The hysterosalpingogram (HSG) is a common aspect of the infertility testing process. The test allows doctors to see inside your fallopian tubes and uterus, looking for blockages or abnormal shapes/contours that can hinder pregnancy or lead to miscarriages. Here you will learn how an HSG test works.

How Does an HSG Work?

HSGs are one of the diagnostic tests that can assist us to figure out what’s causing female infertility. If your fertility expert doesn’t perform an HSG for your initial fertility testing, he or she should request one if you’ve had problems conceiving or have had numerous miscarriages.

HSGs are used to diagnose the following conditions:

  • Blocked fallopian tubes
  • Endometrial polyps
  • Fibroid tumors
  • Uterine scarring

Because HSGs is an x-ray technique, they must be performed in a radiology lab. They are outpatient and it only takes about 30 minutes to complete.

A little thin tube is inserted into the vaginal canal, via the cervix, and up into your uterus and fallopian tubes by your doctor. After the implant is in place, an iodine-based contrast dye is used to fill up the gaps. When the dye fills these cavities, the doctor uses an x-ray to see where the dye goes — and where it can’t. From there, your diagnosis will be made.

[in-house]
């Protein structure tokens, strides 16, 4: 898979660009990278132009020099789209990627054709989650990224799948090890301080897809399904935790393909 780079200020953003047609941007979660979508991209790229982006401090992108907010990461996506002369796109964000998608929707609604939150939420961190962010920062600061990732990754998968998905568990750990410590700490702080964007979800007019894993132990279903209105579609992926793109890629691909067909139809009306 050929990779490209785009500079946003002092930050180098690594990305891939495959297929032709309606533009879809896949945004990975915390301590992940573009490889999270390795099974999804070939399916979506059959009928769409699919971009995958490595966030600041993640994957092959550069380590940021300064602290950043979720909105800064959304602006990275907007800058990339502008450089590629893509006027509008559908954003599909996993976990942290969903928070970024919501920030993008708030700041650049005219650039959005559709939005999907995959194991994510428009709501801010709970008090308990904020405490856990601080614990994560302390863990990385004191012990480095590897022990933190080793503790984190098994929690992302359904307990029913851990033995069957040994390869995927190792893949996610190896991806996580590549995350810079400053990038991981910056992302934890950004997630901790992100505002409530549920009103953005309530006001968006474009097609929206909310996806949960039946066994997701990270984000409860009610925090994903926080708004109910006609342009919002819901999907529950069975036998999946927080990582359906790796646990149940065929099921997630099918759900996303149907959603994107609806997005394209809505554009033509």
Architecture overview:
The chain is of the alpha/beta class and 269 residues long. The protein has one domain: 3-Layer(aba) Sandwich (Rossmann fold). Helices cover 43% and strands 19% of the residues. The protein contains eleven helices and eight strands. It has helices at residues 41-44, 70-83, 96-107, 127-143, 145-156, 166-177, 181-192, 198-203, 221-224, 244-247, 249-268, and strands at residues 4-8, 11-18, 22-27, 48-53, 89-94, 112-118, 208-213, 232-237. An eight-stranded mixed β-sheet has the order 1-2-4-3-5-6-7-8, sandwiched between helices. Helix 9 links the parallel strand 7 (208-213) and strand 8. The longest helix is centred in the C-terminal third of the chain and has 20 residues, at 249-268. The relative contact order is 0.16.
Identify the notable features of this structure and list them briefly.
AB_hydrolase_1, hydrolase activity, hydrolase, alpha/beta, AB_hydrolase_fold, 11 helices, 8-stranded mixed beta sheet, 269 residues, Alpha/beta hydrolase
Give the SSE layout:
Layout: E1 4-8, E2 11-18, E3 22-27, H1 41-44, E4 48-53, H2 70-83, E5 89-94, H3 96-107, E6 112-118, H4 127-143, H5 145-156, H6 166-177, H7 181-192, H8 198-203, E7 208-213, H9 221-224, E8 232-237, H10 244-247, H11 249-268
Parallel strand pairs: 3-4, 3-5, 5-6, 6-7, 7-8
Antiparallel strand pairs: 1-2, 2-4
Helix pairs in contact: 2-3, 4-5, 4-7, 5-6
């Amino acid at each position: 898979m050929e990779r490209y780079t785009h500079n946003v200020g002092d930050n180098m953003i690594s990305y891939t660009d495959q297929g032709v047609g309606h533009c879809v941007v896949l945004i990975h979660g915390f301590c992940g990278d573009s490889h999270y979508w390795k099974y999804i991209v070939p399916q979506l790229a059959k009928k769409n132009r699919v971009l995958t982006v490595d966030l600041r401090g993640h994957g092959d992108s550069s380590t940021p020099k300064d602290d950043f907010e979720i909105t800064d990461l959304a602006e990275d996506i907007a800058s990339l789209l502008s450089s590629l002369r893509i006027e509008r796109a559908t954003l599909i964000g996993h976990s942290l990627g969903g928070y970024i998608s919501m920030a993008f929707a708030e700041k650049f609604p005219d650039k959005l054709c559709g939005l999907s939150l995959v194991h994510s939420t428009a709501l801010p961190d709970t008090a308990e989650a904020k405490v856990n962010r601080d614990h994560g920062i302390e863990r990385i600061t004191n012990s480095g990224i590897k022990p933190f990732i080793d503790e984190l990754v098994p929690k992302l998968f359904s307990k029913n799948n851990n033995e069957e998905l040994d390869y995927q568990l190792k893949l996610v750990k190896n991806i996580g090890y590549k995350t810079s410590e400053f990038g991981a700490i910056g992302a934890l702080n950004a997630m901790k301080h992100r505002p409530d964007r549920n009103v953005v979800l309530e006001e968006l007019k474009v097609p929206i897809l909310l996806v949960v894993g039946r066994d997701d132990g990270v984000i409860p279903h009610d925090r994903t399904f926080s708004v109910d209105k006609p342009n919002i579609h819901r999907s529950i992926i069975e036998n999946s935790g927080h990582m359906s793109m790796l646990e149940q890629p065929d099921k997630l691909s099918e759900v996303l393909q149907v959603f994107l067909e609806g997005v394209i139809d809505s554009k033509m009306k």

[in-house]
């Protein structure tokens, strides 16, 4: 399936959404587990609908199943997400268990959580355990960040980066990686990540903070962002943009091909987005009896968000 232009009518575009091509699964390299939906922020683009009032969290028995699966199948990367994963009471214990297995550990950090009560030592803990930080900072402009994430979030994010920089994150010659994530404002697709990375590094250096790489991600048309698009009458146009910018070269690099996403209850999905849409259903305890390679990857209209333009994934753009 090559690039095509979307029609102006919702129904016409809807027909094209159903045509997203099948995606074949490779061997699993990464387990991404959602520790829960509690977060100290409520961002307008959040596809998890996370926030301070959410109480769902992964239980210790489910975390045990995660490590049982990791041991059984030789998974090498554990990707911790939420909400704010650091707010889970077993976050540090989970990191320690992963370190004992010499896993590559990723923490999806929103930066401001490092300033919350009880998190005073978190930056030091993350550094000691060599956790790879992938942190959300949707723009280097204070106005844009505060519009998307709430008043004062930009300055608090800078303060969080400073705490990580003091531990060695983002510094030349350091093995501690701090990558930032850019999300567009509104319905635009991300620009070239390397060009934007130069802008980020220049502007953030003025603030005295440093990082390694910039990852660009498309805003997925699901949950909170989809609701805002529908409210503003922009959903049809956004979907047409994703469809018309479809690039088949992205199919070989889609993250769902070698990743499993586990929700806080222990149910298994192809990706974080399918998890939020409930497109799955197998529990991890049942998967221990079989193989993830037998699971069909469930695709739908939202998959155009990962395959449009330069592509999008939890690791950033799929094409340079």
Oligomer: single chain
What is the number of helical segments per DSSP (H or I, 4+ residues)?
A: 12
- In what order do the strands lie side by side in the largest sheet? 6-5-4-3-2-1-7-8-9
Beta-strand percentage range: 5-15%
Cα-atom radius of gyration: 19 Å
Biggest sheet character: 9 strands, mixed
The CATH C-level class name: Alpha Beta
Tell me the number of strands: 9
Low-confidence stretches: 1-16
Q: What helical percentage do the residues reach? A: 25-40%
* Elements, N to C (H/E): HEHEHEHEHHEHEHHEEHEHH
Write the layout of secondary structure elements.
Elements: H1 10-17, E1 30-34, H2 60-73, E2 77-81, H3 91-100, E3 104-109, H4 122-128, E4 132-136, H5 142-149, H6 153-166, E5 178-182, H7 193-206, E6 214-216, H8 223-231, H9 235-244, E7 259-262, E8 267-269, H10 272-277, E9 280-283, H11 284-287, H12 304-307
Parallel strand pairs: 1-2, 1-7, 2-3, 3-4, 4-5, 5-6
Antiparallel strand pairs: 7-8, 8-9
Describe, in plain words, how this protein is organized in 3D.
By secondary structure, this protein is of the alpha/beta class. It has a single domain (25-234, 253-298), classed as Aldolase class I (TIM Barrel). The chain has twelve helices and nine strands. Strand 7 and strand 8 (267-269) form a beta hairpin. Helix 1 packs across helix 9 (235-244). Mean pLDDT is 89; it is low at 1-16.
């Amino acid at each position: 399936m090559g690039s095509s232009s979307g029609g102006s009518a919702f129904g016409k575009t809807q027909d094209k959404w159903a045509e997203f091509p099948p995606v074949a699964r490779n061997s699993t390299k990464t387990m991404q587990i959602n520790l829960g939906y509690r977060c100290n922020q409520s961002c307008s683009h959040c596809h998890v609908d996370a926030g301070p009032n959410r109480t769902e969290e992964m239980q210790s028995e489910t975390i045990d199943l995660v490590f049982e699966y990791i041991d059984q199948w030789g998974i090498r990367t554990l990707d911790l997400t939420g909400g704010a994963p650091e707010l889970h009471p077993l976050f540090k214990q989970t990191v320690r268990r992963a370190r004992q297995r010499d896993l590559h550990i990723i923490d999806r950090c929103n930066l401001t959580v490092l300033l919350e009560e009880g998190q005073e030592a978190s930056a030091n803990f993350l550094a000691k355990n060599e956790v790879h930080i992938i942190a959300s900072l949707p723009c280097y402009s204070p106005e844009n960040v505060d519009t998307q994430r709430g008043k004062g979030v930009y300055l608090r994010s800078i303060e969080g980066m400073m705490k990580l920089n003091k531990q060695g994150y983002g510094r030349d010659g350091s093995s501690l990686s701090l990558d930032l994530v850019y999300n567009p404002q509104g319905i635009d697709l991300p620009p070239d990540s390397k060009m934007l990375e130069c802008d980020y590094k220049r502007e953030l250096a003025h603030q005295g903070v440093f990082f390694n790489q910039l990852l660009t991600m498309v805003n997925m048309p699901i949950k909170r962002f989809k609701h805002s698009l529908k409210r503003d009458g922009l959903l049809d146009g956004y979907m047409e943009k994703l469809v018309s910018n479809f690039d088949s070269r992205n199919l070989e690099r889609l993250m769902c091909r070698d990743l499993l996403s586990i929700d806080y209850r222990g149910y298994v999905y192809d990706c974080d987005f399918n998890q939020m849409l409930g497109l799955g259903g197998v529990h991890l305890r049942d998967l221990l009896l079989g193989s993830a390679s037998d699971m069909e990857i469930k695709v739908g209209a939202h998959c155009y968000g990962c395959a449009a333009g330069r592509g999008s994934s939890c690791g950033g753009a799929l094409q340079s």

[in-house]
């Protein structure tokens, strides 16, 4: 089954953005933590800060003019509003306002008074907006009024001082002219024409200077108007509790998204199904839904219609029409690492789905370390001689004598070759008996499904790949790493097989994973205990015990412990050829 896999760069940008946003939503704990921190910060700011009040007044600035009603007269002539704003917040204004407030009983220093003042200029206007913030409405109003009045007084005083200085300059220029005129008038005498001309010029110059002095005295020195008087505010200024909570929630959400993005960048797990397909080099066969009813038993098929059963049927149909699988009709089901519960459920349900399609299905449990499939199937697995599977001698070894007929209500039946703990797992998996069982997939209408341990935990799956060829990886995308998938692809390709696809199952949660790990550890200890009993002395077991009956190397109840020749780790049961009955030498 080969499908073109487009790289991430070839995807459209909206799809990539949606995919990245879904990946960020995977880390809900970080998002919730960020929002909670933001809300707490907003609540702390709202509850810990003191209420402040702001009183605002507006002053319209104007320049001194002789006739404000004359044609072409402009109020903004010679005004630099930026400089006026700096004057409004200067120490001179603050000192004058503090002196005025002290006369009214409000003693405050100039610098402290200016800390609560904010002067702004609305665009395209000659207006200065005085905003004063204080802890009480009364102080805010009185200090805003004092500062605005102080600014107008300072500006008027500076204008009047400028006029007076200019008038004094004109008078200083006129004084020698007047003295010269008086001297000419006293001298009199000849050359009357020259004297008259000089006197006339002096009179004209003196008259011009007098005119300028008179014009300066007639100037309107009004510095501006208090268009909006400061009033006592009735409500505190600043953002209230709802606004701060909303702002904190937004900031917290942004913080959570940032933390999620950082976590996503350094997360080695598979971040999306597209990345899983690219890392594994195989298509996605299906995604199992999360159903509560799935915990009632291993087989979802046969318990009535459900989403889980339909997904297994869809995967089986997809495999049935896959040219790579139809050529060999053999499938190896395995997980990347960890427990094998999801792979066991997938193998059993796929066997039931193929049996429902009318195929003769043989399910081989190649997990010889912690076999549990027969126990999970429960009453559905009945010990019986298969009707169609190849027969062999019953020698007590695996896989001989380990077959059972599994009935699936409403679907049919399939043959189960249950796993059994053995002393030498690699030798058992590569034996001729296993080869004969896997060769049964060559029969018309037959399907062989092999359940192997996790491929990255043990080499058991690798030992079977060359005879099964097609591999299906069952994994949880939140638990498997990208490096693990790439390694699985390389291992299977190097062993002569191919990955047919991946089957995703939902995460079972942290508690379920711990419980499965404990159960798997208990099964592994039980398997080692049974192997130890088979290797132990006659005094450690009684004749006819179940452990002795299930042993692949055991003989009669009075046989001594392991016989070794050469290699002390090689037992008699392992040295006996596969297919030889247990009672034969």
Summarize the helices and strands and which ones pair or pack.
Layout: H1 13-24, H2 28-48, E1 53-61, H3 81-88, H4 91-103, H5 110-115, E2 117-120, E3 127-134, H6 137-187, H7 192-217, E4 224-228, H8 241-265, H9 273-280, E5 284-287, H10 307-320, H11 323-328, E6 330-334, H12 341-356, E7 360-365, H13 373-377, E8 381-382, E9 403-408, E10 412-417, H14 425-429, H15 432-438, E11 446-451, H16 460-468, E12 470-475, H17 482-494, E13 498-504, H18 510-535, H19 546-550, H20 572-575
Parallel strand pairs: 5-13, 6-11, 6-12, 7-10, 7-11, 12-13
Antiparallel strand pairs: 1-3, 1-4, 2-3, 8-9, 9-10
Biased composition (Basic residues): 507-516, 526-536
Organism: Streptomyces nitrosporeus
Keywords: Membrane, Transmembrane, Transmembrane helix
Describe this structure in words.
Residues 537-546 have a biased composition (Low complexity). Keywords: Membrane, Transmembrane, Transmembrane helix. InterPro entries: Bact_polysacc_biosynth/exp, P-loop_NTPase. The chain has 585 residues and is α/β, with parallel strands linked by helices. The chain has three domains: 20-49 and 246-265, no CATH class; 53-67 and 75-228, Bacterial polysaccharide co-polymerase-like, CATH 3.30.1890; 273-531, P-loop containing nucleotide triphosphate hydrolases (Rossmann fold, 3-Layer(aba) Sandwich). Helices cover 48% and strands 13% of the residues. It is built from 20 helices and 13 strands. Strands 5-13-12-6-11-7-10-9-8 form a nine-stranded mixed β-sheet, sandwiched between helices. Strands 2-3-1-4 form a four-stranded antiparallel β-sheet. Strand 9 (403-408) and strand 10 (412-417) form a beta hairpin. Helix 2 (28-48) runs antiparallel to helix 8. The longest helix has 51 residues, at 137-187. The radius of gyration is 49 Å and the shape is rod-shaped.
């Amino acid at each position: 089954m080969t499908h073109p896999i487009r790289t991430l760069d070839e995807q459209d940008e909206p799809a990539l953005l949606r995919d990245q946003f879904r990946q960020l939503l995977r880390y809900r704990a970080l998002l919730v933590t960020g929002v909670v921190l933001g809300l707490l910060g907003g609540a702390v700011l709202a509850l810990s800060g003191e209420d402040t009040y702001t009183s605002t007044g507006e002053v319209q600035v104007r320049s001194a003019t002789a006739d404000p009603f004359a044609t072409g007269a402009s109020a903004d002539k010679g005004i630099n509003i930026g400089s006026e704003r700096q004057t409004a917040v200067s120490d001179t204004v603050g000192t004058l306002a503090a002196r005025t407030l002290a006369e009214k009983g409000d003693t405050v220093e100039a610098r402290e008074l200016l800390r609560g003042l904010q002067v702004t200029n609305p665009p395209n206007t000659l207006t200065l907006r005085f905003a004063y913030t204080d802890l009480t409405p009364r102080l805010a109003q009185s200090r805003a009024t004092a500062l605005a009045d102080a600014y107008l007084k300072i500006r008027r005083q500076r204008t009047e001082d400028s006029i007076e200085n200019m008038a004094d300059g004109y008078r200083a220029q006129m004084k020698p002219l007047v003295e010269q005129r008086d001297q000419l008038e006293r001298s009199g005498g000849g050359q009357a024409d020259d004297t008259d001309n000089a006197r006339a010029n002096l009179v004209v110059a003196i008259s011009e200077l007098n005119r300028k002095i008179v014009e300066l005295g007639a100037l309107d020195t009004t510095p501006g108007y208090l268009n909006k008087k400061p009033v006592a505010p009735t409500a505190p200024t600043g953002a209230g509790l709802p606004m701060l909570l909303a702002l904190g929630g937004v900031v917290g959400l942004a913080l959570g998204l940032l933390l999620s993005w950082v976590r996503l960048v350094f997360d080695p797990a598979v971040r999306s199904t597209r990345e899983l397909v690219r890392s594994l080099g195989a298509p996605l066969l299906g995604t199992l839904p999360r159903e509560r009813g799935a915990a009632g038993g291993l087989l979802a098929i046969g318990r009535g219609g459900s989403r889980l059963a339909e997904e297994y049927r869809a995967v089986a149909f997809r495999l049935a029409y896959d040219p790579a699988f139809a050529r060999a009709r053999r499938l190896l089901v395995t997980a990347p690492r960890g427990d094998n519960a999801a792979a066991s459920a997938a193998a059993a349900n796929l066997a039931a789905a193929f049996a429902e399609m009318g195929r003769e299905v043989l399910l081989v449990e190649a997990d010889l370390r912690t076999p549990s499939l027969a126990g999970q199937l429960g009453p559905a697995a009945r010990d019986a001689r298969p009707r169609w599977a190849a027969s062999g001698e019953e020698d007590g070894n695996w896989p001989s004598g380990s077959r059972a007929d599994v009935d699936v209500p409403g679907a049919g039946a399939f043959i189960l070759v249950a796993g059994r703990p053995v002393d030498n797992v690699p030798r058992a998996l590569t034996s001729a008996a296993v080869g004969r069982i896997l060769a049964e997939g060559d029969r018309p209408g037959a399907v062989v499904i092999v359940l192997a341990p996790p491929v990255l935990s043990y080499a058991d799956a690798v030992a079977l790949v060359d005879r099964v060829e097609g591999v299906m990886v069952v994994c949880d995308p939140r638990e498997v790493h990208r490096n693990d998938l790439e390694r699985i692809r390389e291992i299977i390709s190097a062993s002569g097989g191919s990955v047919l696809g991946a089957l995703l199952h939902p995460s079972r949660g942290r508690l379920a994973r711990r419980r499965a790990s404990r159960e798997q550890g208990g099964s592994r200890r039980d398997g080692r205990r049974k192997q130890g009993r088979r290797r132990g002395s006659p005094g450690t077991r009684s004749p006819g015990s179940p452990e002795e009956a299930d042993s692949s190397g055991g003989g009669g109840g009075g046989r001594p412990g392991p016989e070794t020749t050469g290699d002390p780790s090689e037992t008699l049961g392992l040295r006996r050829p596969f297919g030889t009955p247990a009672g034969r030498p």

What Happens And What Does It Feel Like?

To obtain the finest images, HSGs are conducted after your period but before you ovulate. This usually suggests it’ll happen between Days 7 and 12 of your cycle. There is no need to prepare other than arriving on time for your appointment. There is no need to fast, and there is no need for anesthesia.

You’ll lay down on a table identical to the one at your OB/office GYN’s and put your feet in the stirrups once you’ve undressed from the waist down. A speculum will be inserted by the nurse or doctor, and the HSG procedure will continue from there.

Is the HSG procedure painful?

Many women have cramps, particularly after the dye has been injected. Women with blocked fallopian tubes may experience terrible aches. Ibuprofen and other over-the-counter pain relievers can help alleviate this discomfort.

To avoid or lessen pain during the test, talk to your doctor about taking pain medication 30 to 60 minutes before the procedure. Many women experience minimal pain following the HSG treatment, although you may feel crampy or achy, so having someone else drive you home is a good idea.

Is an HSG test covered by insurance?

It is possible; however, it is dependent on your policy. Fertility diagnostics and treatment are covered by many insurance plans; however, coverage varies.

If you have any questions regarding your coverage, contact your insurance company to find out what they will cover.